Legal Guide

From Injury to Recovery: MN Workers' Comp


In Minnesota, workers compensation covers personal injuries that arise out of and in the course of employment. The purpose of workers compensation is to quickly provide medical treatment and compensation to injured workers. This is to promote a quick recovery and return to work.

It is important for an injured worker to understand the benefits available under the Workers Compensation Act. It is also important for injured workers to understand their rights and responsibilities.

Understanding Workers' Compensation in Minnesota

In the State of Minnesota, employers must have workers compensation insurance. Workers compensation insurance will provide several types of benefits to a worker that has been injured on the job. There are four basic categories of workers comp benefits:

1)     Wage loss benefits;

2)     Medical benefits;

3)     Rehabilitation benefits; and

4)     Permanent partial disability benefits.

It is important that the injured worker reports his or her injury to a manager as soon as possible. The manager should then provide that information to the company’s insurer. The insurer should then open a claim so that benefits start promptly.

Filing a Workers' Compensation Claim in Minnesota

Many companies have their own process for reporting a job injury. However, the Workers’ Compensation Act requires only that the employee inform the employer. Minnesota workers compensation law does not require that the injured worker follows the company's reporting process.

There is a requirement that the employee report the injury within 30 days. However, there are many exceptions that allow employees to report injuries within 180 days. If the employee cannot work, the insurance company must start paying wage loss benefits within 14 days.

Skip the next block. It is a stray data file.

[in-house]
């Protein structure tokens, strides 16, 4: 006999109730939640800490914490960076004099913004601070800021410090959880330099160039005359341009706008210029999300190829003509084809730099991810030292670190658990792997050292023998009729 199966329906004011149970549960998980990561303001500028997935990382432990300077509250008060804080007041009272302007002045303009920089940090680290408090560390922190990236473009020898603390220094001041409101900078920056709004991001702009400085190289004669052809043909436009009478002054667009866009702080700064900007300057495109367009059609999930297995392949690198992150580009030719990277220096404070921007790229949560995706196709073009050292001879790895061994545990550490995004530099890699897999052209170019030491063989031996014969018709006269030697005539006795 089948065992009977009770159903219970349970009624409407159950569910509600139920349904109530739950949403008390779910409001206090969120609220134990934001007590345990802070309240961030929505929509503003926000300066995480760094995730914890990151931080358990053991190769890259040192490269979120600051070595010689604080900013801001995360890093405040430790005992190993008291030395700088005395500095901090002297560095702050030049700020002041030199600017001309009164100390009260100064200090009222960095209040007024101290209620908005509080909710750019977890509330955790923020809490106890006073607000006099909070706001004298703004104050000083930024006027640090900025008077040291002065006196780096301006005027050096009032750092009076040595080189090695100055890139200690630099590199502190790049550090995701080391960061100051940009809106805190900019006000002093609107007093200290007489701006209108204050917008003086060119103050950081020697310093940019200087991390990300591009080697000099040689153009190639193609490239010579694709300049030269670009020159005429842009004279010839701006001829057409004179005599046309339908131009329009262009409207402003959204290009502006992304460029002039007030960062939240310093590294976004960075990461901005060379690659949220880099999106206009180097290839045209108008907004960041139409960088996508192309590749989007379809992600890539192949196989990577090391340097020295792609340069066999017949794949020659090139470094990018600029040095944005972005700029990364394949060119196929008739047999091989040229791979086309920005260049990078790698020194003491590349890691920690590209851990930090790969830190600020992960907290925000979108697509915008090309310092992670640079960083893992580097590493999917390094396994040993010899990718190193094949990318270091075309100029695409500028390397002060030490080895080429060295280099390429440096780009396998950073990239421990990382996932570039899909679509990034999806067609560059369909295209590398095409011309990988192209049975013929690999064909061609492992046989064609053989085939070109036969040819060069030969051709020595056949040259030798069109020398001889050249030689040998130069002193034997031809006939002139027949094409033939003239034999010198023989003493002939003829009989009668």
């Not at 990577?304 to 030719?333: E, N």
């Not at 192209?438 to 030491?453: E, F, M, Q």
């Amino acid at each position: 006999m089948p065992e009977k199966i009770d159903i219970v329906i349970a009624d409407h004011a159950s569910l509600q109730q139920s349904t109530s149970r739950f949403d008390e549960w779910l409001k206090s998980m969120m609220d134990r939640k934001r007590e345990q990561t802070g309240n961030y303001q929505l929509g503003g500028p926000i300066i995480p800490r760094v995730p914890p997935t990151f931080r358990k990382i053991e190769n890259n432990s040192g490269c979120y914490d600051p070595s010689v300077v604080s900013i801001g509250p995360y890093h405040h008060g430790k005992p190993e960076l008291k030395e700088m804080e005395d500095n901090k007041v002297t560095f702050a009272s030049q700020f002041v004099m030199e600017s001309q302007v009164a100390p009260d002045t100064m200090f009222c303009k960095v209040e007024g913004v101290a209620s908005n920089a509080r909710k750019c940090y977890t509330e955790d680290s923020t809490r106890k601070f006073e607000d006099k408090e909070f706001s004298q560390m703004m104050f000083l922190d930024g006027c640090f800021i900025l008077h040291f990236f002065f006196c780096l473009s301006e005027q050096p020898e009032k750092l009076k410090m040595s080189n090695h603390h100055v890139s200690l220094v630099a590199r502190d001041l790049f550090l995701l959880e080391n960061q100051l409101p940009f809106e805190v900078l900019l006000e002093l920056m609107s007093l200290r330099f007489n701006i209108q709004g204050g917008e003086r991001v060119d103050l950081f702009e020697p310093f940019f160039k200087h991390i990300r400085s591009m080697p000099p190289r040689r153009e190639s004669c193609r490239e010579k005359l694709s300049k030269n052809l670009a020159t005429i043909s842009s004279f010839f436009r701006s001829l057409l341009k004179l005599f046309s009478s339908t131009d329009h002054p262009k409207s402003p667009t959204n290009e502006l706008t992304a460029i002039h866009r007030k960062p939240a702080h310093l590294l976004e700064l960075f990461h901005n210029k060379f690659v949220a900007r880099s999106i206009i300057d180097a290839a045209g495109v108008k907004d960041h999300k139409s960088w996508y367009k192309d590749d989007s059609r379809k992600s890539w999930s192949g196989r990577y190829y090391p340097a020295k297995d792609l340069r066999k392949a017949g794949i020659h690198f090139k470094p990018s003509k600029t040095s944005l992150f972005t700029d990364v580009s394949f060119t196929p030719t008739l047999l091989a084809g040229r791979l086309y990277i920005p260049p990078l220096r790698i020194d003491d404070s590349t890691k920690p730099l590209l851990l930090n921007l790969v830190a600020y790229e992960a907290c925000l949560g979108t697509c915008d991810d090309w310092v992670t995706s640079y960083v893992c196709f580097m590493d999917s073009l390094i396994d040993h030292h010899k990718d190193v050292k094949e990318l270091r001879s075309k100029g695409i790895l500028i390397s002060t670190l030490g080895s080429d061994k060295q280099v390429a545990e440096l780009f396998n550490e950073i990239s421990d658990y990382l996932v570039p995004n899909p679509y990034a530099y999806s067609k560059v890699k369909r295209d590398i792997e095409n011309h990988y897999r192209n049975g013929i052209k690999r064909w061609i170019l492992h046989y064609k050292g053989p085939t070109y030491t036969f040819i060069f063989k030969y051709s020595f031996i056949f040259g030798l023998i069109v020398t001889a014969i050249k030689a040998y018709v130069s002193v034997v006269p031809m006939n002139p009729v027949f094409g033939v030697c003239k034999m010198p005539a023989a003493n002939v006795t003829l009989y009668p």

The Role of Medical Treatment in Minnesota Workers' Comp Cases

One of the primary purposes of the Workers’ Compensation Act is to enable and encourage early medical intervention. Early medical intervention tends to dramatically shorten recovery times and improve medical outcomes. If employees are confident that they will get their medical bills paid, then they are more likely get medical treatment. The insurer must cover medical treatment without copays or a deductible.

Navigating the Dispute Process

The best time to contact a law office is before any dispute. Unfortunately, workers’ compensation insurers do sometimes deny claims (often referred to as a “primary denial”). The insurance company must give a written explanation for a primary denial. Here are several common reasons that insurance companies give for primary denials:

1) Lack of medical documentation;

2) Pointing to a pre-existing medical condition; or

3) Differences between witness statements and the employee's report.

Instead, the insurance company may admit the claim. It may later try to discontinue workers compensation benefits. The most common reason that insurance companies give to discontinue benefits is the injury has "resolved" (meaning completely healed). Insurance companies also may deny specific benefits.

An employee has the right to dispute the denial of a claim or specific benefits. An employee can dispute the denial of a claim with the Office of Administrative Hearings. Usually, and employee can dispute a denial of specific benefits with the Minnesota Department of Labor and Industry.

If not earlier, a denial of benefits would be a good time to speak to a Minnesota workers compensation lawyer. Law firms in Minnesota do not charge any fees upfront in workers compensation cases; they work on contingent fees.

Returning to Work After an Injury

Returning to work after an injury is often more challenging than it sounds. It can be very helpful for the employer to have a good understanding of the employee’s physical limitations. It can also be very helpful for the doctor to have a good understanding of the employer’s operations.

In Minnesota, the employee can enlist a Qualified Rehabilitation Consultant (“QRC”) to help bridge that knowledge gap. A QRC will often attend doctors appointments to learn about the employee’s medical needs. A QRC will also meet with the employer to learn about worksite needs. If possible, the QRC will then arrange for the employee to return to work in a modified duty position.

Sometimes, returning to work with the employer is just not feasible. The QRC will then serve as an advisor in the employee’s search for a new job. The QRC can help with resume building, mock interviews, identifying job leads, or even planning and organizing retraining programs.


It is important for injured workers to understand their rights and responsibilities. Therefore, it is a good idea to seek advice from a Minnesota workers compensation attorney early on.

Workers compensation benefits can play an important role in a speedy recovery from a work-related injury. A health disaster does not have to turn into a financial and career disaster.

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